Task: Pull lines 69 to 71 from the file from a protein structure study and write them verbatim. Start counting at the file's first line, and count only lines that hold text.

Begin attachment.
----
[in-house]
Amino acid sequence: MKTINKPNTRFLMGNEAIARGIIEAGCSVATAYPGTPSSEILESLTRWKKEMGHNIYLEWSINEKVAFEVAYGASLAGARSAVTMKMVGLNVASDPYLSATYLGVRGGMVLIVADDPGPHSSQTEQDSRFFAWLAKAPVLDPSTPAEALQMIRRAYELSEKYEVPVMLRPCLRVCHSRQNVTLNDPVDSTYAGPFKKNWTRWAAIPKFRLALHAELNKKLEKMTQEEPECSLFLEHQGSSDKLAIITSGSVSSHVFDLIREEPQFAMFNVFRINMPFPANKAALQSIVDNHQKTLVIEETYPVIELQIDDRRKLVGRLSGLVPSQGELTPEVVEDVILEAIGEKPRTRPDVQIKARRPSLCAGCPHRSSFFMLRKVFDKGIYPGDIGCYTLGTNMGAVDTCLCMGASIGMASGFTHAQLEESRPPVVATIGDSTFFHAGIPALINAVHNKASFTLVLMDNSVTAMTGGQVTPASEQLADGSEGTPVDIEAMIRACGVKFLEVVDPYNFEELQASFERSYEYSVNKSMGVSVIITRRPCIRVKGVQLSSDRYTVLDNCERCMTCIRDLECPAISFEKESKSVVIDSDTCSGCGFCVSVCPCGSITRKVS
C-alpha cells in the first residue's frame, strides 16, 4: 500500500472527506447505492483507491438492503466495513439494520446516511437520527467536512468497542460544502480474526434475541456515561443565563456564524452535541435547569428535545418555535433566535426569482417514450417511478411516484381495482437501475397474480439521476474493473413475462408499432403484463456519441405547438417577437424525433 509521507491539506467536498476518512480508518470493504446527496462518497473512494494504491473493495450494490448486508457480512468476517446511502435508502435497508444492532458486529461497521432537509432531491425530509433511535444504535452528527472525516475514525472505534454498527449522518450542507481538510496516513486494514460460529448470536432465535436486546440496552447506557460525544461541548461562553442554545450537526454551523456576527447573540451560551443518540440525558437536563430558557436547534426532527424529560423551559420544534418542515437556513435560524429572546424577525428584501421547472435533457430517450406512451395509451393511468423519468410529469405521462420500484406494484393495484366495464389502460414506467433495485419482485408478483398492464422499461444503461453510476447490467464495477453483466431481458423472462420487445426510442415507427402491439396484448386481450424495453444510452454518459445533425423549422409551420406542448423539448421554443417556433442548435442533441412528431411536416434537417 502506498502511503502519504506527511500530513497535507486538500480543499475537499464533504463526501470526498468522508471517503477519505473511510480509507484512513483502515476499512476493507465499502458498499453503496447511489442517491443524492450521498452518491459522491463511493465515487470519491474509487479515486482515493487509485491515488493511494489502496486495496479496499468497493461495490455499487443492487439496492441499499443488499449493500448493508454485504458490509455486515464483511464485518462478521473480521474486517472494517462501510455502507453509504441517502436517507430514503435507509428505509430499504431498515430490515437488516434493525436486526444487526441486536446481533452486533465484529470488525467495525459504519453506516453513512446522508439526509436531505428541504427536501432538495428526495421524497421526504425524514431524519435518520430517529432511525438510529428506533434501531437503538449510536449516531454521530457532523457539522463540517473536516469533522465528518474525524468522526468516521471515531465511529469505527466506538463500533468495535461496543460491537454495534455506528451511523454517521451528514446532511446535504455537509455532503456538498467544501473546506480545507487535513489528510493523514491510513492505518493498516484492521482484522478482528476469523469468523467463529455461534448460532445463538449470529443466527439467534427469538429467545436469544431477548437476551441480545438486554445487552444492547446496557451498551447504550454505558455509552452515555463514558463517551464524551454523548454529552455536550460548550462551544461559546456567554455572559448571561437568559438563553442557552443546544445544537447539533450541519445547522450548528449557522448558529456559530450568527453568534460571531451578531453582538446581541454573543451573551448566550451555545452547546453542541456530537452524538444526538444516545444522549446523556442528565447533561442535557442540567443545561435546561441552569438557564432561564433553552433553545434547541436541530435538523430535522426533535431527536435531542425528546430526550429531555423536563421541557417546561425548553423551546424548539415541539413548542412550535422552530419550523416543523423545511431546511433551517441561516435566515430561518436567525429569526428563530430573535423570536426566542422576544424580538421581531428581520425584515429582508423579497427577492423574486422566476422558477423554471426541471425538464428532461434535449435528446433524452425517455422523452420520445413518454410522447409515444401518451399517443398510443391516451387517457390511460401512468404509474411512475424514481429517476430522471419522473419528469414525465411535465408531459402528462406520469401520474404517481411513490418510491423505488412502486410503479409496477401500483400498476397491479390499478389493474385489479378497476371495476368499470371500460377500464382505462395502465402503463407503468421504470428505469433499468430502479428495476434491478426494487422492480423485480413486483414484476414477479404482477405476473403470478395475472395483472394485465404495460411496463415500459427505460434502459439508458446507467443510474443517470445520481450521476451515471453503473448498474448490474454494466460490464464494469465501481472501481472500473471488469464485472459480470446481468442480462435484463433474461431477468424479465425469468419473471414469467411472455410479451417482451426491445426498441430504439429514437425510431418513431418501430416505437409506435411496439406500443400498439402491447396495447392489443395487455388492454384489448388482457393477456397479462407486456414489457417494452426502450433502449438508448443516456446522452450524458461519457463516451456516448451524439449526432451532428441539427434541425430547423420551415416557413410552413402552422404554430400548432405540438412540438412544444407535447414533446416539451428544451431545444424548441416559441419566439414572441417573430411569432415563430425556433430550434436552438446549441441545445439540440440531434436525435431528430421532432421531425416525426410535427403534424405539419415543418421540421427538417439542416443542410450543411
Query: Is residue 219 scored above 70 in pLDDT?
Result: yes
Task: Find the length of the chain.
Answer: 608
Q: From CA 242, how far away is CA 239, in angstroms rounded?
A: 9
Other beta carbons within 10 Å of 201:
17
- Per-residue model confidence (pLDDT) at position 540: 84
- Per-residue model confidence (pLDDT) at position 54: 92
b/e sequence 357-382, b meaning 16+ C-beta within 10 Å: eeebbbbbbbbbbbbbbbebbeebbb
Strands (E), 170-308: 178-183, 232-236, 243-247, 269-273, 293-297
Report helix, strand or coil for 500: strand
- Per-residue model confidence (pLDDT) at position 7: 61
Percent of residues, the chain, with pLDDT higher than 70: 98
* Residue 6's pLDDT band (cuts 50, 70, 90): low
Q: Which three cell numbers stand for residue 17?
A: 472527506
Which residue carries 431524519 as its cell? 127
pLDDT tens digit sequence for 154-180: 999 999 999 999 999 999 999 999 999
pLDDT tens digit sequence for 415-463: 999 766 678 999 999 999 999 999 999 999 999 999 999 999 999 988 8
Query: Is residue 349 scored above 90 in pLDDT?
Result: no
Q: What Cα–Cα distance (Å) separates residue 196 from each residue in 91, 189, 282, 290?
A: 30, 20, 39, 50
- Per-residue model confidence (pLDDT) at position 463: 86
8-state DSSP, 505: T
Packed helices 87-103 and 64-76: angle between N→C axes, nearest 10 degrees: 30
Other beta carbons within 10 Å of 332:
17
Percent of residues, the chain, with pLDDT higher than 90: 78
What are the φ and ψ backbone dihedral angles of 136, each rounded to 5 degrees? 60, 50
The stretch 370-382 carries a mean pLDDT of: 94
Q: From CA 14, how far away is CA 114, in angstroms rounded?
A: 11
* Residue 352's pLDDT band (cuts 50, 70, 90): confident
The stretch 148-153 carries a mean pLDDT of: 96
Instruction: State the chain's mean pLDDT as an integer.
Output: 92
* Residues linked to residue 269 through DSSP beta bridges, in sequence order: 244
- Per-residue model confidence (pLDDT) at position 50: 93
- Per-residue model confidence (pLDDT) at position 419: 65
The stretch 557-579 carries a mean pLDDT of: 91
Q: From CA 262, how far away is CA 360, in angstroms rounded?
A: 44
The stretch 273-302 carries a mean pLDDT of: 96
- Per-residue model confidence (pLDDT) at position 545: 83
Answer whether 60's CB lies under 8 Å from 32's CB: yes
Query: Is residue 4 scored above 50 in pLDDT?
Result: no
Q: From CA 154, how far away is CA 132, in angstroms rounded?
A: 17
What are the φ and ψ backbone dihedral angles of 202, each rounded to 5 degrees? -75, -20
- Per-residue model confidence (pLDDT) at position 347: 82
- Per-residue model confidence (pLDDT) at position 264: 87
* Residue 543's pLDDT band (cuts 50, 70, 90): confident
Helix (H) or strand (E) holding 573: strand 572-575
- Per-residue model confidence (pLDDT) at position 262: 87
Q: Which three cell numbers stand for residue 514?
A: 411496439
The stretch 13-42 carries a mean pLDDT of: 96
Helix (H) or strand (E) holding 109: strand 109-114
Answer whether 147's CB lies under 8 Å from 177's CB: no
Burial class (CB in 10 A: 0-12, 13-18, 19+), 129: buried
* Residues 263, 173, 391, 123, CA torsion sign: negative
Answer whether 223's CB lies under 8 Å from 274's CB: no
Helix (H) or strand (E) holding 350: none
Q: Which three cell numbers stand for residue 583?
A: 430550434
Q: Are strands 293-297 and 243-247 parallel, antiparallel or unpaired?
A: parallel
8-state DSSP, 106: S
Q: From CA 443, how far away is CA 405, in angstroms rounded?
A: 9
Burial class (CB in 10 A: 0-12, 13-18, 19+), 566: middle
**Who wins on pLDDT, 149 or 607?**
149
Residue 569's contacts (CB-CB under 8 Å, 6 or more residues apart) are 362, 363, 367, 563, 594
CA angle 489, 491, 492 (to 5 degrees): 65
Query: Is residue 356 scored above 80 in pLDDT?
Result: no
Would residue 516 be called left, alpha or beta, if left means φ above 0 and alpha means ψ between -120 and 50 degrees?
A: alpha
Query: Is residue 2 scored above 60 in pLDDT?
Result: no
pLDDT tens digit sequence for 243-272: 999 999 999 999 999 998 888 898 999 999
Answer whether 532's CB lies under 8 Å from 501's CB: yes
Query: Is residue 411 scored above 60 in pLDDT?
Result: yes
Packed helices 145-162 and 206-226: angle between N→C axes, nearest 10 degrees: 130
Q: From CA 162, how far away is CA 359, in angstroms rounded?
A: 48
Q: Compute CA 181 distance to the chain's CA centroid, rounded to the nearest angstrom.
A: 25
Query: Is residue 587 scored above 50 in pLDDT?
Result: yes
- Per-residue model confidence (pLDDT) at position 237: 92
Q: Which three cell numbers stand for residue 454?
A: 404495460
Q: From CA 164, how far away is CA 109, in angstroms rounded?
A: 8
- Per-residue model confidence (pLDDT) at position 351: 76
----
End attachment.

Answer whether 223's CB lies under 8 Å from 274's CB: no
Helix (H) or strand (E) holding 350: none
Q: Which three cell numbers stand for residue 583?